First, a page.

Many people in society have to move to improve their lot in life, sometimes for a better job, or a nicer house. It was also quite common back in the 50s and 60s. Although many people find it stressful so are lots of things in life, and many people find moving exciting and a real adventure. The people from Africville moved a few miles away from the slums they were living in, and in spite of all the hardships we hear about, that they went thru, they have been able to maintain relationships, and have managed to spread their horrific story. It is so easy to believe all the injustices, if you were not there, and did not see the conditions they were living in.
There's no point in engaging with this silly discussion, except that people have been talking about the inter-generational trauma of that forced relocation for decades. Yes, it had some positive aspects, but also meany negative aspects, and regardless, the ends don't justify the means.

"People find moving exciting." Jesus.
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  #553  
Old Posted Apr 7, 2017, 1:53 PM
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Originally Posted by Drybrain View Post
There's no point in engaging with this silly discussion, except that people have been talking about the inter-generational trauma of that forced relocation for decades. Yes, it had some positive aspects, but also meany negative aspects, and regardless, the ends don't justify the means.

"People find moving exciting." Jesus.
Many people do. At least when it signifies improving their lot in life.

Many people seem delusional about how great things were.
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  #554  
Old Posted Apr 7, 2017, 2:20 PM
OldDartmouthMark OldDartmouthMark is offline
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Pointless discussion, though it's interesting to me how many older white guys tend to have opinions about things that they likely have never had to experience in their lives. Things like systemic racism, having your entire neighborhood forcibly removed and being relocated to a housing project, etc. etc. It's easy enough to put blame on the victims when you've never been in that situation yourselves.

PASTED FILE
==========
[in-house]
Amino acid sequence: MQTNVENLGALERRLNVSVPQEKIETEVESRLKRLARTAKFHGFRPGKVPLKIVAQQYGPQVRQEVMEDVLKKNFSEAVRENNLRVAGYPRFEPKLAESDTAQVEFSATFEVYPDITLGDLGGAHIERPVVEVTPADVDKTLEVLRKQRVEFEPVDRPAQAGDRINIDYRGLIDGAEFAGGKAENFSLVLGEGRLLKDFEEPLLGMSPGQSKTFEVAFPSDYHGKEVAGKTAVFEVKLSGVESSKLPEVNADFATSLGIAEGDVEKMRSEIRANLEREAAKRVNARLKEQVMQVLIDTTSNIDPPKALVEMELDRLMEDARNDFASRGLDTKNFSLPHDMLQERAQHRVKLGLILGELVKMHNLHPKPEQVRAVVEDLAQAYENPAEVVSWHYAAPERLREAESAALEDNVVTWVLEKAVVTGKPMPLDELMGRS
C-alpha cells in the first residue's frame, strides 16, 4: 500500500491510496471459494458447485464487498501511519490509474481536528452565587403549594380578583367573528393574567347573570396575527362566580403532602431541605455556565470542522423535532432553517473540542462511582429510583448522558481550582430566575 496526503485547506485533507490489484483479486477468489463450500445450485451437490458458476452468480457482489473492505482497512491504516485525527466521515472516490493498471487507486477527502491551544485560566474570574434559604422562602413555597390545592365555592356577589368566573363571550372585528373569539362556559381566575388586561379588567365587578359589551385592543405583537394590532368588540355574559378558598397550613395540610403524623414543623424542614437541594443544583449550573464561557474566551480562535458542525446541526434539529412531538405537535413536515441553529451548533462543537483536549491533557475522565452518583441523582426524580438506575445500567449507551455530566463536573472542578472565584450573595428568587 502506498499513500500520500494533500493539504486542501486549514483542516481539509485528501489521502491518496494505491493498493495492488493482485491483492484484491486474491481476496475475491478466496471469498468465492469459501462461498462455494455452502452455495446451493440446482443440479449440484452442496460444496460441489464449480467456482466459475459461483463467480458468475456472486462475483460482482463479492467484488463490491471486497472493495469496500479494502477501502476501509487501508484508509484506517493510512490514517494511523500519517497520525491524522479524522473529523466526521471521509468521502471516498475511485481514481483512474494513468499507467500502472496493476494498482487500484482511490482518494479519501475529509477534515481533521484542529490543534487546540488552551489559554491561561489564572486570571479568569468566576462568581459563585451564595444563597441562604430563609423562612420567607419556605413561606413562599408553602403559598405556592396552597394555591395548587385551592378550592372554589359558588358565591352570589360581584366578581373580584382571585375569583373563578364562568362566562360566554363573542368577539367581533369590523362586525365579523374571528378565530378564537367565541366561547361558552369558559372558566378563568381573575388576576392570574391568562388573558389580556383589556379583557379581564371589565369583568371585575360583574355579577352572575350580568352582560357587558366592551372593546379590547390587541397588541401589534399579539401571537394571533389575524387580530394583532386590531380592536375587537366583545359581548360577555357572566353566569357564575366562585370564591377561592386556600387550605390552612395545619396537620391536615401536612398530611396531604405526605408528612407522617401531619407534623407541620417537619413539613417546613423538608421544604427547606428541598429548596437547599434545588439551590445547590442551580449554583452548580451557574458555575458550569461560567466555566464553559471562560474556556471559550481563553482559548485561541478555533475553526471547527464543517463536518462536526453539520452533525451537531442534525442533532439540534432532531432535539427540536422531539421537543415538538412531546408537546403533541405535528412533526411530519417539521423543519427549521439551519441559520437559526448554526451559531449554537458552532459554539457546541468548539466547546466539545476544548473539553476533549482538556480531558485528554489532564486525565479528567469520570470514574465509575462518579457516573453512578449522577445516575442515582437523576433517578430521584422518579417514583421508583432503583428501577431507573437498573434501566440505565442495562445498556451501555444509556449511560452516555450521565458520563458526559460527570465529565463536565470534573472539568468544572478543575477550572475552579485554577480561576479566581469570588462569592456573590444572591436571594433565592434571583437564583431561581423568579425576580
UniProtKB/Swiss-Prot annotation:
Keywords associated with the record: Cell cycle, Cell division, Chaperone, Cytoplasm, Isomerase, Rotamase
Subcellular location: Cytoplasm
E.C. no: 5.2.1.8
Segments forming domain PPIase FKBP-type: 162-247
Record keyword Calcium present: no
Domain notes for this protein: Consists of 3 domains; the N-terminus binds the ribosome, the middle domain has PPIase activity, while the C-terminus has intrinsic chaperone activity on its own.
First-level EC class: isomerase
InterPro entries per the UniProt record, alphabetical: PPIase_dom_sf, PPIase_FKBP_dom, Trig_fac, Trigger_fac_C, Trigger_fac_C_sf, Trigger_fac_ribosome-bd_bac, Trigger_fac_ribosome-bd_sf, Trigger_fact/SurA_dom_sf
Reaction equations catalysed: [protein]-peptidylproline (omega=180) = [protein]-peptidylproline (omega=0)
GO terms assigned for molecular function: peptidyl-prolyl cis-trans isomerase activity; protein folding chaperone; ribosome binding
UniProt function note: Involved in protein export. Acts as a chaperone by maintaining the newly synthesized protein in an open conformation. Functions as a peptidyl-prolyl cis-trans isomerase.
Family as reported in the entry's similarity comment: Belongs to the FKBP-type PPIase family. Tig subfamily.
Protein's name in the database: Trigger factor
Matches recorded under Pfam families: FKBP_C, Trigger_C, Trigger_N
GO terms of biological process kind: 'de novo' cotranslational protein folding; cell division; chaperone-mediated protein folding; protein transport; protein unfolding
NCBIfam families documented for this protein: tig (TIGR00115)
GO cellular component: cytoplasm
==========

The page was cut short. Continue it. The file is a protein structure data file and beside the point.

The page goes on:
But this discussion has reared its ugliness on this board many times, and I don't see any discussion changing opinions at this point in time. In the end, some people will believe whatever narrative they are comfortable with.

Enough said. Let it go.
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  #555  
Old Posted Apr 7, 2017, 5:57 PM
ILoveHalifax ILoveHalifax is offline
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So easy to call a point of view that you don't agree with 'Silly'.
Or to call it 'Pointless' because it is stated by 'Old white guys' and to further speculate that they have no idea because they have not experienced tough times.

In response I suggest that the younger set should be less derogatory towards the old folk. They get their points of view from books that were written to encourage a slanted outcome. They were not there and did not see it.

I lived in Halifax at the time and saw Africville several times so I am aware of the conditions . I also know of the disgrace directed towards Halifax from across the country for the slums that existed in the city.

Now let's move on without the negative comments from our book learned participants.
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  #556  
Old Posted Apr 7, 2017, 6:44 PM
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Originally Posted by ILoveHalifax View Post